I wish I could give you the hard and fast technical information (graphs etc.) prepared by the scientists and engineers behind the British Govt. funded cone research project which led us to RADIAL but I am prohibited from doing so. I will discuss this with my PR colleague to see if there is some way that we can present the technical comparisons whilst retaining confidentiality and protecting the finer technical aspects. Suffice to say, there are no off-the-shelf materials specifically engineered for loudspeaker cones and there never have been. Harbeth RADIAL is a blend of the best acoustic and mechanical properties of many other materials, and deciding on what materials to blend and in what ratio and in what way took 10 man-years and much Harbeth money. And tears. But RADIAL defines Harbeth.
You can read more about Harbeth's unique RADIAL cone, here (http://www.harbeth.co.uk/usergroup/showthread.php?p=3303#post3303).
16-06-2008, 05:48 PM
A detail posting in such a short time. My salute to you!
Looking at point no.3 in your post, could a RADIAL cone be created to cover such a wide range that there is no need for a crossover anymore?
To say crossover, there is a "step" to cross over so that frequency hands from one drive to the other. Will it be possible to a RADIAL cone be created to cover such a wide range that there is no need for such a "step"?
A wild idea(I'm not qualified to measure/indicate the feasability), say...to borrow a full range design that has no crossover, and replacing the original 8" drive with a RADIAL drive capable of covering the same frequency range?
Some days, I'm waiting for sample parts or glue to dry so I'm desk bound - today is one of those days!
The 'step' you mention has to be gradual as the output from the bass/mid driver gently hands over to the tweeter at and around the 'crossover frequency'. In my experience, 80% of the entire design time for a Harbeth speaker (I can't comment on how other designers allocate their design time because I don't meet them) is juggling with the energy in this crossover region so that what we hear sounds natural and seamlessly integrated. Not just at the sweet spot but over a wide arc.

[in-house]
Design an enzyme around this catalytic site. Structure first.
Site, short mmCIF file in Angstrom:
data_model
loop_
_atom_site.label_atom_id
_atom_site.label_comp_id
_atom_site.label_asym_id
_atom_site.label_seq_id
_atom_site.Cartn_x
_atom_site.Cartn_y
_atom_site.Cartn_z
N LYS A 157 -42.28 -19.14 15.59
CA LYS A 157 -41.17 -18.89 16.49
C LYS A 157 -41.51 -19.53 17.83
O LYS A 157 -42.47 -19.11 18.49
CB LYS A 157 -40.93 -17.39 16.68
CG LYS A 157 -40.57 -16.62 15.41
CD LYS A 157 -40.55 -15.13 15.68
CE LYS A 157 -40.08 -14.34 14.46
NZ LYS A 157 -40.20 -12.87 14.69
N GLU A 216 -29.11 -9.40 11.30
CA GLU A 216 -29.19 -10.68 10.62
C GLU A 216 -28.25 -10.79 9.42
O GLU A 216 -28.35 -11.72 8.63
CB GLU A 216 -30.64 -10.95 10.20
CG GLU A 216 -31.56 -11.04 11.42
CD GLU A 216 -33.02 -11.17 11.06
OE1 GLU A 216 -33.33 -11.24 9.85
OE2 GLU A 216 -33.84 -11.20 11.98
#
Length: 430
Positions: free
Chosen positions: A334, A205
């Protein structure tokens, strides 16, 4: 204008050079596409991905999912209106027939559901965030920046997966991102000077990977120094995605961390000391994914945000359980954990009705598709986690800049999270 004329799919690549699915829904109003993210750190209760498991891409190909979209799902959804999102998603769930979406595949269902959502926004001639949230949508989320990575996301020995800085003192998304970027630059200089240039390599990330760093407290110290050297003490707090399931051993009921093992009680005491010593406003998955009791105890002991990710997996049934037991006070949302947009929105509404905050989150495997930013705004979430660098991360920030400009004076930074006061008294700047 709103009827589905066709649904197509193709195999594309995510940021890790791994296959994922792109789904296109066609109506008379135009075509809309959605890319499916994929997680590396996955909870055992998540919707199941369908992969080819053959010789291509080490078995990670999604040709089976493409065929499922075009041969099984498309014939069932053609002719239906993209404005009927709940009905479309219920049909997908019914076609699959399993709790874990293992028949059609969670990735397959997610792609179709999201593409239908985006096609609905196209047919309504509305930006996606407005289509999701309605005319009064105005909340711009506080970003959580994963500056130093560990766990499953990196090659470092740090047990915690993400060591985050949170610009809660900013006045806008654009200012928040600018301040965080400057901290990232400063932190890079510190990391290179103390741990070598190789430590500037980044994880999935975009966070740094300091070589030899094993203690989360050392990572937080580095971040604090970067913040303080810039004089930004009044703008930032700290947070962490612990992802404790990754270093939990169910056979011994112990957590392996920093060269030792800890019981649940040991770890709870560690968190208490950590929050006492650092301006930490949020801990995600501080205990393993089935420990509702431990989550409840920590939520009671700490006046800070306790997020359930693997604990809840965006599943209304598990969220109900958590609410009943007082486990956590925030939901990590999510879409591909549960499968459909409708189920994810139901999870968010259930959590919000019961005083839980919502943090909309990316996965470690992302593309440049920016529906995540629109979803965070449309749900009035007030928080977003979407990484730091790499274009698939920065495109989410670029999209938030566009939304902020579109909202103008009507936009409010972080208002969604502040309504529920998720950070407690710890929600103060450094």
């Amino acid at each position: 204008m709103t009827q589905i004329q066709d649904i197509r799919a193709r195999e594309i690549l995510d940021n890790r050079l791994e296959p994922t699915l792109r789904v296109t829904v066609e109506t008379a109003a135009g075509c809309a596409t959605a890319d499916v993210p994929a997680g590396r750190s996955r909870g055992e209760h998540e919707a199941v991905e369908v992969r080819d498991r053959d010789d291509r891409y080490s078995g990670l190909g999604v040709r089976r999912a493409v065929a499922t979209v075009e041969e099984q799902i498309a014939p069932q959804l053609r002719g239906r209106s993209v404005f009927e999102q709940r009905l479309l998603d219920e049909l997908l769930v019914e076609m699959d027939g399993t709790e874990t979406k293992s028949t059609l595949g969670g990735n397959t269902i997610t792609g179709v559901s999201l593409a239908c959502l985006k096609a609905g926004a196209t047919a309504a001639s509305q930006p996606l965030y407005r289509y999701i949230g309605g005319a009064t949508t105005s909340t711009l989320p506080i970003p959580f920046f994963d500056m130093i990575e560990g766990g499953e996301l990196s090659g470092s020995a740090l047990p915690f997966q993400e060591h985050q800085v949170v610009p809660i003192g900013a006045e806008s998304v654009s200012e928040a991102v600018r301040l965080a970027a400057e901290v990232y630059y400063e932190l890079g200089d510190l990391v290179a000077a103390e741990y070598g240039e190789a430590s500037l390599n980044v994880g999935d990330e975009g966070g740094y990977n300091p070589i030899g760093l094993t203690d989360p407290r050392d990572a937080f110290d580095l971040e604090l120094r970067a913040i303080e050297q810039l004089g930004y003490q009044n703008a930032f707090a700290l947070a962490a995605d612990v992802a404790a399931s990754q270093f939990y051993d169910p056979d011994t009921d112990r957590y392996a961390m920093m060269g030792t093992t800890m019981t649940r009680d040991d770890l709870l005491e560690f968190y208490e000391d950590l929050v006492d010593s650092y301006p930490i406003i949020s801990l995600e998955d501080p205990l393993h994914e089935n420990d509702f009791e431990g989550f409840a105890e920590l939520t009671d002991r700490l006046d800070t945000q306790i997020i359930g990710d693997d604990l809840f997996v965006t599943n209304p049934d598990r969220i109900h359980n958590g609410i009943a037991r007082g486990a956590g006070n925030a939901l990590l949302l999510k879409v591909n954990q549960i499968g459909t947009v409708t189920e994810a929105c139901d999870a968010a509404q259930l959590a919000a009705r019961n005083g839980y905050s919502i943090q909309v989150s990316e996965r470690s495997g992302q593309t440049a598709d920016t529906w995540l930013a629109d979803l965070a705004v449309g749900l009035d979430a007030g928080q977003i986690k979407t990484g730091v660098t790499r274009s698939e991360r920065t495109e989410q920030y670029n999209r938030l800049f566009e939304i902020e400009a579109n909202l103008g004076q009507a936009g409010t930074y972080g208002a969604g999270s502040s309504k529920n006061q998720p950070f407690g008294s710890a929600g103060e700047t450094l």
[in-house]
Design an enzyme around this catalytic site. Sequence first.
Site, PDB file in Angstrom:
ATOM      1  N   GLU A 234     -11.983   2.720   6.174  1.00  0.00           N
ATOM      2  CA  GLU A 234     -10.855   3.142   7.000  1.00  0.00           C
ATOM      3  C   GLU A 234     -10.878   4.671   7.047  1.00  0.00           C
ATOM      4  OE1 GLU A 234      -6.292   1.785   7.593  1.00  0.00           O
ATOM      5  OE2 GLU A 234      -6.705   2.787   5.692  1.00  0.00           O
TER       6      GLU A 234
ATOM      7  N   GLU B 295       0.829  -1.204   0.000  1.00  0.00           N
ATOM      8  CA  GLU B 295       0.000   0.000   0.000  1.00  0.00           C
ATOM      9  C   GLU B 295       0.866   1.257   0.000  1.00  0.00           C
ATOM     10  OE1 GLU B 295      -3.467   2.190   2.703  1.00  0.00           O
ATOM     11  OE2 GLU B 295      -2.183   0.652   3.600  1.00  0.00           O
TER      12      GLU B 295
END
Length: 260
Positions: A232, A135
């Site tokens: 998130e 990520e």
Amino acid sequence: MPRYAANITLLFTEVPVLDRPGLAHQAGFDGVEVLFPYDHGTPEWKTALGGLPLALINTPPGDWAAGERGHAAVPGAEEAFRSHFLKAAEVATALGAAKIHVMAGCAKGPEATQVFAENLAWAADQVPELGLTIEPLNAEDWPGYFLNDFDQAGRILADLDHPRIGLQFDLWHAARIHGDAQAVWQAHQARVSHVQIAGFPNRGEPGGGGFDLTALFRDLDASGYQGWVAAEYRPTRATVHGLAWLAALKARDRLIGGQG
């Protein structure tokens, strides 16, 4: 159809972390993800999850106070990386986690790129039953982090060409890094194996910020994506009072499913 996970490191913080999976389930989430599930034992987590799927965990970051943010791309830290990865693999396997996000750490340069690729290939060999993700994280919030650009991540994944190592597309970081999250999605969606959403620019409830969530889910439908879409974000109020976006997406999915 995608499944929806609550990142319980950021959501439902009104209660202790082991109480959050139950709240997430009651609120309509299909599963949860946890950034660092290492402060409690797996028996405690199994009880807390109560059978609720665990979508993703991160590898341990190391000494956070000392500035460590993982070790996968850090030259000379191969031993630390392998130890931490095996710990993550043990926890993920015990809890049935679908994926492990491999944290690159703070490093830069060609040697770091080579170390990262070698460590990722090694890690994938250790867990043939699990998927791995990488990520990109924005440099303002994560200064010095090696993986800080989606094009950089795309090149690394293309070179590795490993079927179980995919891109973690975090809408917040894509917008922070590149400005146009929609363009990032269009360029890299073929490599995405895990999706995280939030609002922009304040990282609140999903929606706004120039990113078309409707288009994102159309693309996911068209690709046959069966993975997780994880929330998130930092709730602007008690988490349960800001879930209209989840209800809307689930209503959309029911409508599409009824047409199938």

The point you make about a wide-range RADIAL driver touches one fundamental, but unavoidable truth - that to divide any sonic spectrum into 2, 3 4 or more drive units is counter-intuitive when all musical sources - including our mouth - are just one point in space. Yes, the RADIAL driver can be pushed so that a tweeter is not necessary but - a big but - at a price so to speak. We know that as frequency increases, the effective working part of a cone drive unit progressively withdraws nearer the voice coil. Put simply, if you took a pair of scissors to any normal, working 8" driver's cone and you trimmed away 7 inches leaving just a stub 1" in diameter, you'd have made a tweeter of sorts. But, here's the rub: in reality, that tweeter-like stub is connected to the remaining 7" of cone and 7" versus 1" is a huge increase in weight. So the tweeter bit has to try and drag around with it the heavy 7" bit which is not at all need for generating high frequencies, but is needed for low frequencies. So, the HF output would be extremely weak and would need a substantial electrical boost (+10-20dB) to bring it up to the same efficiency level as the bass. That can only be done in an active speaker or by using the maximum HF boost on the amp's tone controls - if it has one.
And then that would leave one serious other unresolvable issue: the 1" part of the cone we do need for high frequencies is in fact in the shadow of the entire cone, set back from the cabinet down by the neck, the voice coil. That would be like holding a megaphone to the mouth; it would give the listener an extremely narrow listening sweet spot just a degree of two wide, vertically and laterally. He'd almost have to have his head clamped (shades of Clockwork Orange) to hear HF reliably.
The crossover is intimately married to the drive units acoustic and electrical characteristics and dropping one driver into a circuit designed for another sill not give good results.
I think we should release some little screen-cam videos of how I design crossovers and what the issue are?